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Vignettes to measure social interactions among nonparental adults and parents in the neighbourhood: a validation study

Authors:

Sanne Rumping ,

Amsterdam University of Applied Sciences, NL
About Sanne
Sanne Rumping, MSc, is researcher at the Amsterdam University of Applied Sciences and PhD student by the Research Institute for Child Development and Education at the University of Amsterdam, the Netherlands. Themes in her work are, intervention development for youth social work, implementation, collaboration between professionals, parents and volunteers and urban education.
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Ruben g Fukkink,

Amsterdam University of Applied Sciences, NL
About Ruben
Ruben Fukkink, PhD, is professor of Pedagogy at the Amsterdam University of Applied Sciences and is also professor by Special Appointment of Childcare and Education Services for Young Children in the Faculty of Social and Behavioural Sciences at the University of Amsterdam, the Netherlands. His work has appeared in various peer-reviewed journals. Special themes in his work are: early childhood education and care, parental support, urban education.
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Leonieke Boendermaker

Amsterdam University of Applied Sciences, NL
About Leonieke
Leonieke Boendermaker, PhD, is professor implementation and effectiveness in youth care services at the Amsterdam University of Applied Sciences. Her work focusses on the development, implementation, quality and effectiveness of interventions in youth care services, with special attention for residential care, interventions for young people with serious behavioural problems and urban education.
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Abstract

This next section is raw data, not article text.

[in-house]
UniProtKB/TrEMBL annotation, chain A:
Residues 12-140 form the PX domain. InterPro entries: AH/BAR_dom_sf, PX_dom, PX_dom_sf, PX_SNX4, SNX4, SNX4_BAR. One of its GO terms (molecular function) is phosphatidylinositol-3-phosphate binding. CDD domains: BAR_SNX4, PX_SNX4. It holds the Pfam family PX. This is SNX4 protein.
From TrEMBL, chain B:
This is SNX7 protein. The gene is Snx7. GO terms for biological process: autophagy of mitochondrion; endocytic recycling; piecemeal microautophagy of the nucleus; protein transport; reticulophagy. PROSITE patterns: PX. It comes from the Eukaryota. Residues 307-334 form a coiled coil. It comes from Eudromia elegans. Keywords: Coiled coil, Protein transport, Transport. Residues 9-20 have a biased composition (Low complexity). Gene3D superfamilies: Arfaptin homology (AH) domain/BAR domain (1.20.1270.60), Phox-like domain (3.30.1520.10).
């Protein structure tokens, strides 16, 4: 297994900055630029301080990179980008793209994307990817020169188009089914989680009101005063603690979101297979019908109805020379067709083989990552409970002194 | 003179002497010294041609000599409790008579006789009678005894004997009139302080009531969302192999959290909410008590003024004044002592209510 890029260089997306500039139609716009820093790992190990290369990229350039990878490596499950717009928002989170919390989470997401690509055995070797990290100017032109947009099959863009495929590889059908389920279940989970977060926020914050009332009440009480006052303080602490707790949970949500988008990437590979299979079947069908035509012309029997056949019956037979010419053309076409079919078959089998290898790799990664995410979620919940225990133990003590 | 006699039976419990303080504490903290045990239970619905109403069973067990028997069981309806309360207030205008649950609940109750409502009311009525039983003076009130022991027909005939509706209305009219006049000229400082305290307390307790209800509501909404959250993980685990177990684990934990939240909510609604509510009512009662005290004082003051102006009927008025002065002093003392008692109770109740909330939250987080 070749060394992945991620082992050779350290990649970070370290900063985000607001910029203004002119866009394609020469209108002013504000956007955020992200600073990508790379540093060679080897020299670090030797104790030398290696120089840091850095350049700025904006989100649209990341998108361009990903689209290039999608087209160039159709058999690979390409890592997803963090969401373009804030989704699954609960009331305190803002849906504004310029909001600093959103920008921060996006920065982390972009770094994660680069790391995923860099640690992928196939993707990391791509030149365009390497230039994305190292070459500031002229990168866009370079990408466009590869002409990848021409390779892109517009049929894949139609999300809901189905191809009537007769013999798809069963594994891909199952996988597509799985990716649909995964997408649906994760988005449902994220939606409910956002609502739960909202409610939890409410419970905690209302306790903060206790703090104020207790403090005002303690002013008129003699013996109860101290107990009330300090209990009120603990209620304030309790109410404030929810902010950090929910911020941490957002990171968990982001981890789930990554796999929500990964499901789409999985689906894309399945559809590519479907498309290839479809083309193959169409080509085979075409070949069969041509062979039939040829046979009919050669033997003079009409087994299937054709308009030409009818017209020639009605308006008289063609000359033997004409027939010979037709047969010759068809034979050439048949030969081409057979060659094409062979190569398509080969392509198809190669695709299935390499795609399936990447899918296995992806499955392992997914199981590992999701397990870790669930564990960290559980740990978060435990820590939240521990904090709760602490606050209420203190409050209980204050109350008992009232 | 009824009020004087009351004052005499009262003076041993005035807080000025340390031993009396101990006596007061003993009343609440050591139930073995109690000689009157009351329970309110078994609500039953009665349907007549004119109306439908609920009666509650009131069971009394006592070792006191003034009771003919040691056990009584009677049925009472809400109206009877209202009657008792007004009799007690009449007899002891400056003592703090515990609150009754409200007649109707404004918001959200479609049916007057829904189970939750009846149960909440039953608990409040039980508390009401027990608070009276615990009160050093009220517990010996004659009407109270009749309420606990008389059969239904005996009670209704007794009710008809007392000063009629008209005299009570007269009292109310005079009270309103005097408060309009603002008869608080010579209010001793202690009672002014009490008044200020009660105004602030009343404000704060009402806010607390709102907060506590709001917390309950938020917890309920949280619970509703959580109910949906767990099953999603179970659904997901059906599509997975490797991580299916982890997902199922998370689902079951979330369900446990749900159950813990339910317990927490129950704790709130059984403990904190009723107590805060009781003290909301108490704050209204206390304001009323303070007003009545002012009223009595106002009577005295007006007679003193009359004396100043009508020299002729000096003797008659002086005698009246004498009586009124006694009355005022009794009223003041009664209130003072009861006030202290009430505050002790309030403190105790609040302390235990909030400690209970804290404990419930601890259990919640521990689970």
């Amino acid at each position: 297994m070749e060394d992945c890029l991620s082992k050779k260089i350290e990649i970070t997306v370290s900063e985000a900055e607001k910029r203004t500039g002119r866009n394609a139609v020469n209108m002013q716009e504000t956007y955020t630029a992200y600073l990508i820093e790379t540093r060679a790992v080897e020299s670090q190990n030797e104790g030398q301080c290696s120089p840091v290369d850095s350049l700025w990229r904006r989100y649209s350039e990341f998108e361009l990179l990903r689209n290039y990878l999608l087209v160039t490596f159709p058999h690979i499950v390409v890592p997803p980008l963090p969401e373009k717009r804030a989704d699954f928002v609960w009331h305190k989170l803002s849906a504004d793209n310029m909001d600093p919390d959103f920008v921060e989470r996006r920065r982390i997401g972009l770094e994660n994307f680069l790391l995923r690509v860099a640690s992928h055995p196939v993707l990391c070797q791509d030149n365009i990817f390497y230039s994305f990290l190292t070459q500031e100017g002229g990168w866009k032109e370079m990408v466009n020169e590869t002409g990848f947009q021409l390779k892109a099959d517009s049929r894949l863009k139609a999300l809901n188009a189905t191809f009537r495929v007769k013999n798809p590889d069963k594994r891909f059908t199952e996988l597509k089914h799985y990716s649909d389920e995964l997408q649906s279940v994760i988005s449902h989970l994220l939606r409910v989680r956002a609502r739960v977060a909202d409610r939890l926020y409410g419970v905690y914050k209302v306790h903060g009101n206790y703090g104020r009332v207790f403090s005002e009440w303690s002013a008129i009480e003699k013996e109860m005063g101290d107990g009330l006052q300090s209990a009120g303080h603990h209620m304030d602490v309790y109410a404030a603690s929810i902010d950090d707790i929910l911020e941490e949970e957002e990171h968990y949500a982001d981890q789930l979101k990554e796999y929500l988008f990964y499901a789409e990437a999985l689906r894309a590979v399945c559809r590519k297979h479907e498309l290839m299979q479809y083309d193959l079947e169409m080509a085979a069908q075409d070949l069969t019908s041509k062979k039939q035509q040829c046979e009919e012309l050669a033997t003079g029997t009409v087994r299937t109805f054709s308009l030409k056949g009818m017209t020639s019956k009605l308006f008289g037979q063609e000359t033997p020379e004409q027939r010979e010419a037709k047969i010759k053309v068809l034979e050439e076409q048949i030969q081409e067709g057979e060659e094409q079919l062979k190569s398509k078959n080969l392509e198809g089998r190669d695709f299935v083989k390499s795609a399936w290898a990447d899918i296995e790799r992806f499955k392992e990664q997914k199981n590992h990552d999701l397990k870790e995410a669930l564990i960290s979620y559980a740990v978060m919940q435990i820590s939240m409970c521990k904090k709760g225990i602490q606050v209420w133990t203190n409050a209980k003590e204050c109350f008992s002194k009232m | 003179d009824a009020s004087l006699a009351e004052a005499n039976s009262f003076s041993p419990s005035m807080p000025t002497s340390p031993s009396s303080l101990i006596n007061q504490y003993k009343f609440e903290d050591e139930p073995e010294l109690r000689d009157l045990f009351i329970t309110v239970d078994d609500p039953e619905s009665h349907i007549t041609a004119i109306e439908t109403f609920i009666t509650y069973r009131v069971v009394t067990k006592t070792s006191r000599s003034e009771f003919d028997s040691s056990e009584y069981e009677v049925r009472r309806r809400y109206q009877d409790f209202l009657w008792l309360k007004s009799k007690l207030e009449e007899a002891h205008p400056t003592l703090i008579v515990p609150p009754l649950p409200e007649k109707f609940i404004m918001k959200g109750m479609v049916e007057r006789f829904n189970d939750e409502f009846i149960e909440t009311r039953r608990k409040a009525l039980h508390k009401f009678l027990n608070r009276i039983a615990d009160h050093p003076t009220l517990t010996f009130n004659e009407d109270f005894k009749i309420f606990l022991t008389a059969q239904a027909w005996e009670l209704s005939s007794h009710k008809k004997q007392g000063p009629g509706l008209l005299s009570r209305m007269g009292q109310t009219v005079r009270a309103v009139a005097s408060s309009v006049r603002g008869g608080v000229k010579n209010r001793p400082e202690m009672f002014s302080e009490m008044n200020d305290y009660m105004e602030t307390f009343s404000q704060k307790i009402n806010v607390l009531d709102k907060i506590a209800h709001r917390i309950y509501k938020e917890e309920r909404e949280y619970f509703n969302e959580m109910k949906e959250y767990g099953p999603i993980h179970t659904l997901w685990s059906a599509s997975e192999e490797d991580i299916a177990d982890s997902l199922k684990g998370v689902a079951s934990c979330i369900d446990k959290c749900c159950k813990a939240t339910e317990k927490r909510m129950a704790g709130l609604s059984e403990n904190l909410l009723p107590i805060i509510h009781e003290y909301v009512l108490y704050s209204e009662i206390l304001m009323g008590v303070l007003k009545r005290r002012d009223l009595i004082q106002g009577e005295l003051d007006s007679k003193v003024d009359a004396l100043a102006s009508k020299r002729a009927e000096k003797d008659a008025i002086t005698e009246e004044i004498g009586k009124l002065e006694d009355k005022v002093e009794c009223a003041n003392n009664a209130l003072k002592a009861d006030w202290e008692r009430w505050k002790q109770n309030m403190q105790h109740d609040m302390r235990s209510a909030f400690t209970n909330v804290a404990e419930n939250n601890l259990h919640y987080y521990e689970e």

In this study the Vignettes Parenting Interactions in the Neighbourhood (V-PIN) was validated. These vignettes can be used to gain insight into and reflect on interactions in the neighbourhood between parents and nonparental adults. A correlational design (N = 134) was used to assess the reliability (i.e. internal consistency, test-retest), convergent and discriminant validity and relations with background variables of the V-PIN. Reliability (both internal consistency and test-retest) proved good. Positive, significant correlations provided evidence for convergent validity. The measure did not correlate with non-related constructs or background characteristics, which was an indication for discriminant validity. The newly developed measure seems useful to explore the perspectives of nonparental adults in parent-child interactions in neighbourhoods with a wide group of stakeholders with diverse cultural backgrounds and can (complemented with visualisations), be used to stimulate supportive interactions and inclusion in social work practices and the community.
How to Cite: Rumping, S., Fukkink, R. g . and Boendermaker, L., 2022. Vignettes to measure social interactions among nonparental adults and parents in the neighbourhood: a validation study. Journal of Social Inclusion, 13(1), pp.66–85.
Published on 29 Aug 2022.
Peer Reviewed

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